Fair Housing law defines retaliation as an act of harm by the owner, manager, or agent against a resident or applicant because that resident or applicant has asserted their fair housing rights. This important legislation protects the right of the applicant, resident, prospective home buyer, or loan seeker to file a discrimination case, or to participate in a discrimination investigation. Sufficient evidence can support a charge of retaliation even it does not support the main discrimination charge.
Landlord vs. Tenant
A common retaliatory eviction often stems from landlords who do not want to provide reasonable maintenance. Here is a true instance of this action but the names used in this article are fictitious.
Mrs. Brown’s tenant, Dawn, usually put in a request for maintenance every time she paid her rent. She would always include a note in writing asking for some specific repair. Mrs. Brown’s answer was always, “the property never needed repair when I lived there,” but she would reluctantly have the repair done in most instances. Dawn’s requests were reasonable and they were the owner’s responsibility.
After a year, Dawn’s lease term expired and the rental agreement continued as a month-to-month agreement. After fourteen months of tenancy, Mrs. Brown gave Dawn a notice, stating, “I am not willing to do monthly repairs – you should find another landlord who will put up with your annoying requests.” Obviously, Mrs. Brown did not consult legal counsel or management advice. Dawn quietly moved to another residence and then filed a lawsuit based on “retaliation,” demanding payment for moving expenses and the emotional distress suffered by her family.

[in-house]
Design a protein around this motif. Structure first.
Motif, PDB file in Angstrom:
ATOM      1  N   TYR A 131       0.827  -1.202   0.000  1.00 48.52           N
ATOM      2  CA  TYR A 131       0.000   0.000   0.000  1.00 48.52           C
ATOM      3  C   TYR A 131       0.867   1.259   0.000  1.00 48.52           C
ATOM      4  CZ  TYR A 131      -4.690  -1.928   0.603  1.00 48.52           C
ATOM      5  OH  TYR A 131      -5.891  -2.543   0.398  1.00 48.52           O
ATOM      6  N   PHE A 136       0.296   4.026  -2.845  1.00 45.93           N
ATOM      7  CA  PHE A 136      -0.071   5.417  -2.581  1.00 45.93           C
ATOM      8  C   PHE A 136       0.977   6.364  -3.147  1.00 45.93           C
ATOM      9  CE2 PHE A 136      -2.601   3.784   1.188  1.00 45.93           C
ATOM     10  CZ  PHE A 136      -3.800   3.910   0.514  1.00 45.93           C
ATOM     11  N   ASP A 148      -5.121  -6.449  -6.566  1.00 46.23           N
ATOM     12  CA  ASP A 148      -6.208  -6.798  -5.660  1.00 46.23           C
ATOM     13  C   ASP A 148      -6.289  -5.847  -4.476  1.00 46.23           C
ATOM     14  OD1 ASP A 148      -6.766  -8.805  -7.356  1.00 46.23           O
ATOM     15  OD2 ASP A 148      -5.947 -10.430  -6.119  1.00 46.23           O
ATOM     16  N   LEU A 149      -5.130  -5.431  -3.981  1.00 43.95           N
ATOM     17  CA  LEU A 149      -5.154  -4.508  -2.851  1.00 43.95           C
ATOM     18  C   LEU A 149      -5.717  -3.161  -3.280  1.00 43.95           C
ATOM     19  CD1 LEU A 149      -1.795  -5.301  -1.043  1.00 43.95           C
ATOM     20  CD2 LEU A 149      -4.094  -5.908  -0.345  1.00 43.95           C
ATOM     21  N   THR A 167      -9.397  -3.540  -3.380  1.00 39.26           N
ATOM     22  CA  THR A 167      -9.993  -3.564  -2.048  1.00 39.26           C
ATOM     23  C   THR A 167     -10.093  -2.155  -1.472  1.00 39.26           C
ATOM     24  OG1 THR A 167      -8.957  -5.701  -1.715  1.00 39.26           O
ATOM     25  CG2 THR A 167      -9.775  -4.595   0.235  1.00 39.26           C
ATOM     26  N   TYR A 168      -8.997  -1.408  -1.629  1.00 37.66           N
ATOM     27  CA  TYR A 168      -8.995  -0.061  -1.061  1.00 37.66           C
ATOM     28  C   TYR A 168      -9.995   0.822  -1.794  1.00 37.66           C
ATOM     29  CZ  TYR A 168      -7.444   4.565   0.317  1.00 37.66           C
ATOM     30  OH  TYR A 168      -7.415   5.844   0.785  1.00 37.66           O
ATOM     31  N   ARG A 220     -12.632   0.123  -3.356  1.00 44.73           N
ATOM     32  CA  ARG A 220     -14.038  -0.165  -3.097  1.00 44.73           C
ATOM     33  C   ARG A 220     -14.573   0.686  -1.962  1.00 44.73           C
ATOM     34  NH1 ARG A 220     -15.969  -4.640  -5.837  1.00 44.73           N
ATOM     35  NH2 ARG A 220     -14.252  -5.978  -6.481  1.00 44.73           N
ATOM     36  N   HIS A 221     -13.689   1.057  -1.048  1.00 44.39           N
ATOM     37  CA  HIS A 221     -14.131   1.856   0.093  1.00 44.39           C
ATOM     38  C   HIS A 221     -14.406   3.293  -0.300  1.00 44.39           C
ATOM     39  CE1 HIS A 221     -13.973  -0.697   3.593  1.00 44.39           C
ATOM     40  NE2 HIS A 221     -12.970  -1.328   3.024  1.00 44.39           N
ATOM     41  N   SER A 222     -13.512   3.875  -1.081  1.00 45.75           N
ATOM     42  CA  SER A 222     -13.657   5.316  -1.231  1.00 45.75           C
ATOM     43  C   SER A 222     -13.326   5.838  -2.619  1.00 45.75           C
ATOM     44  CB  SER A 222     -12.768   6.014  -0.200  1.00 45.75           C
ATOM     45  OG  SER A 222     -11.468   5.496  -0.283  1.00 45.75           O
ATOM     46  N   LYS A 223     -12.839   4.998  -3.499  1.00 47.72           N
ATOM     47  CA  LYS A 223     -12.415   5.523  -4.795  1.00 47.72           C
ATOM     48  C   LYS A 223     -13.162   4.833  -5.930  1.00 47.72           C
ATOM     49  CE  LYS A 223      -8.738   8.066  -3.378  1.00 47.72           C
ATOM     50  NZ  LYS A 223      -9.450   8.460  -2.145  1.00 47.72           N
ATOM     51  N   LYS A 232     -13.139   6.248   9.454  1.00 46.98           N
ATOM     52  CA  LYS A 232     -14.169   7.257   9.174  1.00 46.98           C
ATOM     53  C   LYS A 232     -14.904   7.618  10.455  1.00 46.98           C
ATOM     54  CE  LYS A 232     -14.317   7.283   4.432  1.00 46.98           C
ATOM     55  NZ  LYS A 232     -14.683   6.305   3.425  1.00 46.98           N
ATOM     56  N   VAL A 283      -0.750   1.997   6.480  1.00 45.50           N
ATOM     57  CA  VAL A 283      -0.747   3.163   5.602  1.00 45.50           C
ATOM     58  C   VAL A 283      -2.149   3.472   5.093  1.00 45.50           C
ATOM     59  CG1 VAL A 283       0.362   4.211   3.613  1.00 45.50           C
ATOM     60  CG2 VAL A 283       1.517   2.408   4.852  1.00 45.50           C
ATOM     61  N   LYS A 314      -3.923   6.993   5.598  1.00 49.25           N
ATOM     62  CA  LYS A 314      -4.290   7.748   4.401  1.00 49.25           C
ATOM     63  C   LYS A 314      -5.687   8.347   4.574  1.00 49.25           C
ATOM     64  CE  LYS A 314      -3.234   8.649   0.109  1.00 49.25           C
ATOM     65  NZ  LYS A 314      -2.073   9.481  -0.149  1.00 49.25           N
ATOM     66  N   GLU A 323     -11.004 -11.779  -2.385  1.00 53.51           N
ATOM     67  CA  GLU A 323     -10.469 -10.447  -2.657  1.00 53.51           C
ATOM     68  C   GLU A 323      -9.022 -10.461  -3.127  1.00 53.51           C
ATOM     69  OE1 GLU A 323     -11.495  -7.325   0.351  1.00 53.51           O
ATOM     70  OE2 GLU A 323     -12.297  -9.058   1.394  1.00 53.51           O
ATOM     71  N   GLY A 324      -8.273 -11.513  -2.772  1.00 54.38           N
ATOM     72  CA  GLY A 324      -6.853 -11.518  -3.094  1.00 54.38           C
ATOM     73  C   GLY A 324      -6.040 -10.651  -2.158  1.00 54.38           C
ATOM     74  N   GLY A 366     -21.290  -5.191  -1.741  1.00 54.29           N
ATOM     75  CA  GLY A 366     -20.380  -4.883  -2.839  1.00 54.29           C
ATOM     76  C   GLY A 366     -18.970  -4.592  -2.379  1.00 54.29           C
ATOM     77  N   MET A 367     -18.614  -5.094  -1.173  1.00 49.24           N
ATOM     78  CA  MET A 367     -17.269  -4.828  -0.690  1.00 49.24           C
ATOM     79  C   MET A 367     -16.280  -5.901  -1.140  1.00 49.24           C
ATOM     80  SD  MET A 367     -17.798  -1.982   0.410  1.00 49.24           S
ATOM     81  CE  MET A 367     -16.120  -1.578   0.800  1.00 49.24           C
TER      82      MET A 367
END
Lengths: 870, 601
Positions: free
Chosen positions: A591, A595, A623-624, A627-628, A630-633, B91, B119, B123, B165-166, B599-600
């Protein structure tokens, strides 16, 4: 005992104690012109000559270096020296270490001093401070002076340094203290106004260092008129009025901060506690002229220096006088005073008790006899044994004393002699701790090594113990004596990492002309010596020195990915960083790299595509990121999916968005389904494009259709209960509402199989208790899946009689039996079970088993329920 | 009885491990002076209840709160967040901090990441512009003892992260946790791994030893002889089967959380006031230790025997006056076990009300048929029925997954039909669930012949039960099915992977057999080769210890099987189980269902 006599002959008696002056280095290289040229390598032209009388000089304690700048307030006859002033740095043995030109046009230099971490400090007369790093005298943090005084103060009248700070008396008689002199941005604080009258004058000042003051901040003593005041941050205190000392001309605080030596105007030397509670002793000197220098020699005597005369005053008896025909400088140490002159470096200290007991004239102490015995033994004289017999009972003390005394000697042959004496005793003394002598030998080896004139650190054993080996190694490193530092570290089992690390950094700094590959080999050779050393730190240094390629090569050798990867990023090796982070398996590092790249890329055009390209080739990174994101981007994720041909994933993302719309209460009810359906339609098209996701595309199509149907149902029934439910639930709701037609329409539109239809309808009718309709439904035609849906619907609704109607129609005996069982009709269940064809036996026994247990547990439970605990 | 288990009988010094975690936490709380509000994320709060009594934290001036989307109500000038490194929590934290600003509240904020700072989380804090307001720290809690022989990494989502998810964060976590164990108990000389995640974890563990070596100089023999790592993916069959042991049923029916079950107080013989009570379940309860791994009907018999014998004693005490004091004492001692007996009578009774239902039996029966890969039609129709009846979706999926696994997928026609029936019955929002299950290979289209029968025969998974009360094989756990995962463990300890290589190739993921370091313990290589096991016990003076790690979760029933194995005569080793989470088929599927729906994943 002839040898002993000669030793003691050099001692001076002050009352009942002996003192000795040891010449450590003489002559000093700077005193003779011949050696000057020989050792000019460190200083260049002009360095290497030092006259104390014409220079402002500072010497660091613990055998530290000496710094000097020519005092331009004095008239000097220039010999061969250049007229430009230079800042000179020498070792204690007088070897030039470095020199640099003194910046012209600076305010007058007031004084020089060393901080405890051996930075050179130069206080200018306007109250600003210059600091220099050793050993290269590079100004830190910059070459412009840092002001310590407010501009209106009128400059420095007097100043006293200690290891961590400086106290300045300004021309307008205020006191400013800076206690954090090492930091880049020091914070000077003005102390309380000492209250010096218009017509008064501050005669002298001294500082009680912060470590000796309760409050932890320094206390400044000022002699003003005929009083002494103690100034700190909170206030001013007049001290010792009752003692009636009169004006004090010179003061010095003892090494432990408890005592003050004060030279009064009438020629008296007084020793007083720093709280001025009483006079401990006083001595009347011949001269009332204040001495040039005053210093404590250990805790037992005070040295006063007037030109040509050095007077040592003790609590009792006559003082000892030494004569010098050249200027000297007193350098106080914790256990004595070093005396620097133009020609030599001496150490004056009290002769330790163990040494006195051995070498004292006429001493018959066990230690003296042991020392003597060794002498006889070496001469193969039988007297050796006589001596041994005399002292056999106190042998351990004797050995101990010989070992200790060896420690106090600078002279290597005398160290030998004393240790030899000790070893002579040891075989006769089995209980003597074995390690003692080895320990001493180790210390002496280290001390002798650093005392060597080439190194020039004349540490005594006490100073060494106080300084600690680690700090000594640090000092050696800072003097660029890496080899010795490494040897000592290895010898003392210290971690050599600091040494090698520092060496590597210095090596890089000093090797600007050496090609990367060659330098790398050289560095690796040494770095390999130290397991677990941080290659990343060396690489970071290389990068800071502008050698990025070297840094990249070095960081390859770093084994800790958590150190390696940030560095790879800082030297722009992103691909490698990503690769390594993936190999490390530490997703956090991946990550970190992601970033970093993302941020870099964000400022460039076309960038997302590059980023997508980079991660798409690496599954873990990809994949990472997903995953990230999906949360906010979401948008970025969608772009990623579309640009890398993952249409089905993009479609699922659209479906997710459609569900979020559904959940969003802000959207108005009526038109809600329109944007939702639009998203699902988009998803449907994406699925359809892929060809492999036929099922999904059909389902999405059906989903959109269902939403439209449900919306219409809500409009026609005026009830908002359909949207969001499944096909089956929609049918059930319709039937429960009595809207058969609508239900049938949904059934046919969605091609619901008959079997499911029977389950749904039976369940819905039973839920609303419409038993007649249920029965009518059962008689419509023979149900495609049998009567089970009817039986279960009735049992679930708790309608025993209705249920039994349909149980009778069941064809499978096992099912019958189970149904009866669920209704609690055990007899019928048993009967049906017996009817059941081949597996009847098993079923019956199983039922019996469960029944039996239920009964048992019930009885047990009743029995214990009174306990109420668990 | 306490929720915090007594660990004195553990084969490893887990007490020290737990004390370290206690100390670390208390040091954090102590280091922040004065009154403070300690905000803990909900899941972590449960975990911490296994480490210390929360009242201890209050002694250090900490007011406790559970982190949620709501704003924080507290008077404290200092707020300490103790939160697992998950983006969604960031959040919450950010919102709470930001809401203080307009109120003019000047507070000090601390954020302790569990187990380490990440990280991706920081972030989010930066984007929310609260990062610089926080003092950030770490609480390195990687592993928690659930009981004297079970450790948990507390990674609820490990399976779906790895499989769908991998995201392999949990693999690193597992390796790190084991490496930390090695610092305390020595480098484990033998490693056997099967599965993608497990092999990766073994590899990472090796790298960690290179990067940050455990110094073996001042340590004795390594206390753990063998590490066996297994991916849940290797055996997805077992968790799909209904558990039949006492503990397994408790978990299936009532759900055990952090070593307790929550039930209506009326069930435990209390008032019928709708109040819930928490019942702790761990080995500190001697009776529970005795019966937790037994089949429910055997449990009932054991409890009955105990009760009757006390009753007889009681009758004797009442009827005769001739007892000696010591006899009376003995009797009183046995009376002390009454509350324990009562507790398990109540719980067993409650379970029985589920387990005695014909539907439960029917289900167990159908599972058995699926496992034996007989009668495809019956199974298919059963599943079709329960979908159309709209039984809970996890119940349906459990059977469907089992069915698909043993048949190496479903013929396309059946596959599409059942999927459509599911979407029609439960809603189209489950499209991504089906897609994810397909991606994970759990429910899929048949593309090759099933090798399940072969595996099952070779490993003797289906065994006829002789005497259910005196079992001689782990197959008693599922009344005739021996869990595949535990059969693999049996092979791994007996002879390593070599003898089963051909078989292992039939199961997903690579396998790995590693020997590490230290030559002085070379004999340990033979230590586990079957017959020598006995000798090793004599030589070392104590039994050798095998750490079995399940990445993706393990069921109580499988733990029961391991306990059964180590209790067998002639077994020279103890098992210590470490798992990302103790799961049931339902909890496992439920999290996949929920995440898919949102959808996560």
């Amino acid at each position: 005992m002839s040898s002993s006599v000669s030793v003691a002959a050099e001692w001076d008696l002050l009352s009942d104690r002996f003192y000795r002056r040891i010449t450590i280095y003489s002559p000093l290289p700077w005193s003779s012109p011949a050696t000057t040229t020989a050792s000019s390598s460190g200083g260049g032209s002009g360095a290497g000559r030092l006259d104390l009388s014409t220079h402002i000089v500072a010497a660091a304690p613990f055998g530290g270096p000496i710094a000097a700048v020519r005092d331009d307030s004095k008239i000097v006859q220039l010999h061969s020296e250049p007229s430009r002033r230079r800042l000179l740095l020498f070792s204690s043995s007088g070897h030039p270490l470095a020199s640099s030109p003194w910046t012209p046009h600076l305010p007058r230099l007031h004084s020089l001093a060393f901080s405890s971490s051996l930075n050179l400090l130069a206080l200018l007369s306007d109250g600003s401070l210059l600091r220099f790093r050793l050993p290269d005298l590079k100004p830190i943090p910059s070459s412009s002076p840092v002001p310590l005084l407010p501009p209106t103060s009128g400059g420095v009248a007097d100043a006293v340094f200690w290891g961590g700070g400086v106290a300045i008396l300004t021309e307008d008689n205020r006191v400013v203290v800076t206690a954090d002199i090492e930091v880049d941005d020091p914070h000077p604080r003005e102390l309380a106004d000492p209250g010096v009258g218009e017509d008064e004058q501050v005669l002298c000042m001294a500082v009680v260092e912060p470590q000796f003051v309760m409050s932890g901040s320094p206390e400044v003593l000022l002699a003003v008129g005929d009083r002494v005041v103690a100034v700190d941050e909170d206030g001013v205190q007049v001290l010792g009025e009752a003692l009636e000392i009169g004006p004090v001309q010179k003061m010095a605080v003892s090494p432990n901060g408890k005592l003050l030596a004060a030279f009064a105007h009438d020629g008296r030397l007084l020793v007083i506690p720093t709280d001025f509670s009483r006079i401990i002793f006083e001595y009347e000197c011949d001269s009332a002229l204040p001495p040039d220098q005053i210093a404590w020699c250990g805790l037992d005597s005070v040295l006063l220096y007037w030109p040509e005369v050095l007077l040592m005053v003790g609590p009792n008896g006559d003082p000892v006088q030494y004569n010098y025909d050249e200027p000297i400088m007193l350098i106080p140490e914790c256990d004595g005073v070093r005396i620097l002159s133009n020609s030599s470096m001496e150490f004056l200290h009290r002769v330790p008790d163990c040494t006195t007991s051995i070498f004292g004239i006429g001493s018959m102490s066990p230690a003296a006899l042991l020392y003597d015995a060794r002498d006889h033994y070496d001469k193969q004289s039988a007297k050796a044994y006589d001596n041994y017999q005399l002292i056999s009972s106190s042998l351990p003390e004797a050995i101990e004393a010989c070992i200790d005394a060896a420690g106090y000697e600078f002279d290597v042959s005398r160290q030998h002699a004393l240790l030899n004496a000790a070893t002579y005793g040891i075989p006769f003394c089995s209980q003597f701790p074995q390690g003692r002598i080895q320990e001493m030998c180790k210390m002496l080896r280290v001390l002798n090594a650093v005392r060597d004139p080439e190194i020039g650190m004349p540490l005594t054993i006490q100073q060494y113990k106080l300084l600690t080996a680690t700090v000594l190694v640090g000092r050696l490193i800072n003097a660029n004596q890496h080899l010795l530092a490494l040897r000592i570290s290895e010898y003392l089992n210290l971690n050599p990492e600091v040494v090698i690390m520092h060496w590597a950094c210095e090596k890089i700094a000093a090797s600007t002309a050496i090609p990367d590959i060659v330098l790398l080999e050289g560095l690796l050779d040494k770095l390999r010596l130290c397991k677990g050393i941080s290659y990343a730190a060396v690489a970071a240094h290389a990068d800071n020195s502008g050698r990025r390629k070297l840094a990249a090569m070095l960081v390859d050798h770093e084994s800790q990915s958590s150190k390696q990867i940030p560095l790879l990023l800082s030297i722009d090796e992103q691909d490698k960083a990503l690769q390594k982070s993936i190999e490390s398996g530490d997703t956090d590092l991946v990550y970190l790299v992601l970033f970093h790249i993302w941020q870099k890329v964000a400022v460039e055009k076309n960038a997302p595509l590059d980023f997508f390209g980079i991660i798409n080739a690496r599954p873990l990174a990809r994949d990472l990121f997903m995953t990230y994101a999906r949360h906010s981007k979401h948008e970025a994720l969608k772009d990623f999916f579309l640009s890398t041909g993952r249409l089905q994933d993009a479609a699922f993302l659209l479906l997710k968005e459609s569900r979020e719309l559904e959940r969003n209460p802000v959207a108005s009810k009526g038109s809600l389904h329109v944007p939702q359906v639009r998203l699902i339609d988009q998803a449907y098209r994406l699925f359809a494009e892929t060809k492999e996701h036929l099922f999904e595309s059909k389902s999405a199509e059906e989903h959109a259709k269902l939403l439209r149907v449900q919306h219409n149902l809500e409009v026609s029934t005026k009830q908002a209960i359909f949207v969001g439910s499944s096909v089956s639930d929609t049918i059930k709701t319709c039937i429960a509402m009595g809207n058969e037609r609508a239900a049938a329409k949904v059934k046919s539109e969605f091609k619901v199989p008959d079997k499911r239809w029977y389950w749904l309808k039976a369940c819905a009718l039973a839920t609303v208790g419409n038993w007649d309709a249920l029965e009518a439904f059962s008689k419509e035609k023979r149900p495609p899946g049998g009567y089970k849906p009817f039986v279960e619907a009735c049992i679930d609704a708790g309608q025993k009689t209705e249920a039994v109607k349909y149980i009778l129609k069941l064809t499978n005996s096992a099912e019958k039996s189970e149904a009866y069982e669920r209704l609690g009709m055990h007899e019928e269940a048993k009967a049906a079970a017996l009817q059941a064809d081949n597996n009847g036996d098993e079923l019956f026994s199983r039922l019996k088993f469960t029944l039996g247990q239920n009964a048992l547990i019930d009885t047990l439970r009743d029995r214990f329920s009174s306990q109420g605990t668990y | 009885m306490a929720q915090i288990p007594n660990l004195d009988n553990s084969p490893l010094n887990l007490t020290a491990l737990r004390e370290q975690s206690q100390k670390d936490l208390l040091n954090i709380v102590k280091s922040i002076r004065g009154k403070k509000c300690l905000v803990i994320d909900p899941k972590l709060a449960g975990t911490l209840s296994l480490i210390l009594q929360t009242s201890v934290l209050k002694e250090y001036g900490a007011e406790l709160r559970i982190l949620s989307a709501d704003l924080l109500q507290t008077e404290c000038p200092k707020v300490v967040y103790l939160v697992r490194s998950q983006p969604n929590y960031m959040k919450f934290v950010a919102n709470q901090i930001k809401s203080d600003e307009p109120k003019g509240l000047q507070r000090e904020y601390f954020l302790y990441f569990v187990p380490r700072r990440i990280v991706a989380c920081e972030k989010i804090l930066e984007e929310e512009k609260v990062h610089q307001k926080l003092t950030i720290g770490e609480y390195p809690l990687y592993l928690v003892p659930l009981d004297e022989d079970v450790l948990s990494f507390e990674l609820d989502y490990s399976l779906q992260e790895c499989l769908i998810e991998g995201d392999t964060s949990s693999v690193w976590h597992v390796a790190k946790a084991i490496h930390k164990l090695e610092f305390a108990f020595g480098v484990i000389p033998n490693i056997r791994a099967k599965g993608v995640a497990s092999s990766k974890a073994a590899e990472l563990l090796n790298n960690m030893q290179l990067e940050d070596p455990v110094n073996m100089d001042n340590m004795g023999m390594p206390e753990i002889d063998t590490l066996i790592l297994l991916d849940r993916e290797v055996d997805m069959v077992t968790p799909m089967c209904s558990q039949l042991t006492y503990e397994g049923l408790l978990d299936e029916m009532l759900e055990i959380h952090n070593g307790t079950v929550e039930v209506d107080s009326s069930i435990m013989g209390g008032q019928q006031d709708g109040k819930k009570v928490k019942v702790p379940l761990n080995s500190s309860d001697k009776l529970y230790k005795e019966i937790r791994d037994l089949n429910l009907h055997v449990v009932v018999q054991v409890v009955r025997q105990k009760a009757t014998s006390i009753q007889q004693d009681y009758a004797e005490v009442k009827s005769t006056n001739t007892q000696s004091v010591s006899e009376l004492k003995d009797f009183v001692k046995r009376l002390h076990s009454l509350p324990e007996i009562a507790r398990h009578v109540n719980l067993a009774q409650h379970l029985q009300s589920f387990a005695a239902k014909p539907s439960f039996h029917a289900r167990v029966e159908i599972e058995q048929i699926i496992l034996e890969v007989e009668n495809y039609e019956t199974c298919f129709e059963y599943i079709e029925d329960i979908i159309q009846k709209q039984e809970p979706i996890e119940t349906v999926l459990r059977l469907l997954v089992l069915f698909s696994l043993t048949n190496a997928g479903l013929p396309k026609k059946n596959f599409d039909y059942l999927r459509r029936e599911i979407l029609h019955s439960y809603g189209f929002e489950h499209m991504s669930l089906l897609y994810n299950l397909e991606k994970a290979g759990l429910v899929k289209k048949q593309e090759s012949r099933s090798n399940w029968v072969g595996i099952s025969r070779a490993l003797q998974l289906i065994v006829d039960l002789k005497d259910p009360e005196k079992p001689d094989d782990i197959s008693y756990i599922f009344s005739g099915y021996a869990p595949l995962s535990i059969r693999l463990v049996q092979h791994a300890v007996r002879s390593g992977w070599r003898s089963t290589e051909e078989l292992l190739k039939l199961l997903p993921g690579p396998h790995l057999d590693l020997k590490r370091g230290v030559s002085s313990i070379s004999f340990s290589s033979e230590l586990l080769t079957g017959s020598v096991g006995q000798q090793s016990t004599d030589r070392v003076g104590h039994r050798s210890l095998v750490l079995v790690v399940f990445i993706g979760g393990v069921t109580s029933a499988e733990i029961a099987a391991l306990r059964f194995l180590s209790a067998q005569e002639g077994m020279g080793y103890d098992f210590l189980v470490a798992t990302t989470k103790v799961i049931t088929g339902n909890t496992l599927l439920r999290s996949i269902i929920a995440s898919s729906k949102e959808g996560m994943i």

Mrs. Brown consulted an attorney who, after reviewing the facts, advised negotiating an out-of-court settlement for the reimbursement of the moving expenses. However, Mrs. Brown was enraged that she should have to pay anything and they subsequently went to trial. The court awarded Dawn all moving costs, a settlement for unfair landlord/tenant practices, and all legal fees.
Don’t Be a “Retaliatory/Selective” Landlord
Here are more examples of a “retaliatory eviction.”
- The property owner or manager gives a tenant notice because they have testified on behalf of another tenant in court.
- The property owner or manager gives a tenant notice because the tenant filed a complaint with a government agency, such as Fair Housing, rent control board, health department, etc.
- The property owner or manager gives a tenant notice because they have organized other tenants to file complaints against the owner or request repairs.
- The property owner or manager gives a tenant notice because they are associating with people of a certain nationality that the landlord does not approve visiting his or her property.
Owners must also avoid “selective” retaliation, even though the tenant may be violating their lease; they should treat all tenants equally. The property owner or manager gives a tenant notice when they moved in a dog, but allowed other tenants in other units to have animals even though their lease also prohibited animals.
The property owner or manager gives a tenant notice for paying late, but consistently allows other tenants in other units to pay late, without serving them notices to pay or quit.
There are tenants that make unreasonable demands, damage property, do not pay their rent, and who practice illegal activities endangering the investment. There are also times when owners want to move back into the property, sell the property, do major rehabilitative repairs that require vacating the property, or suffer damage from disasters that make the property uninhabitable. There are many valid reasons that require landlords to vacate a tenant.
It is important that a property owners and managers take the time to review the tenant history when contemplating giving a tenant notice to ensure that a court would NOT rule in favor of the tenant if they decide to file a lawsuit. Ignoring “any” warning signal that the action is “retaliatory” could be a costly matter.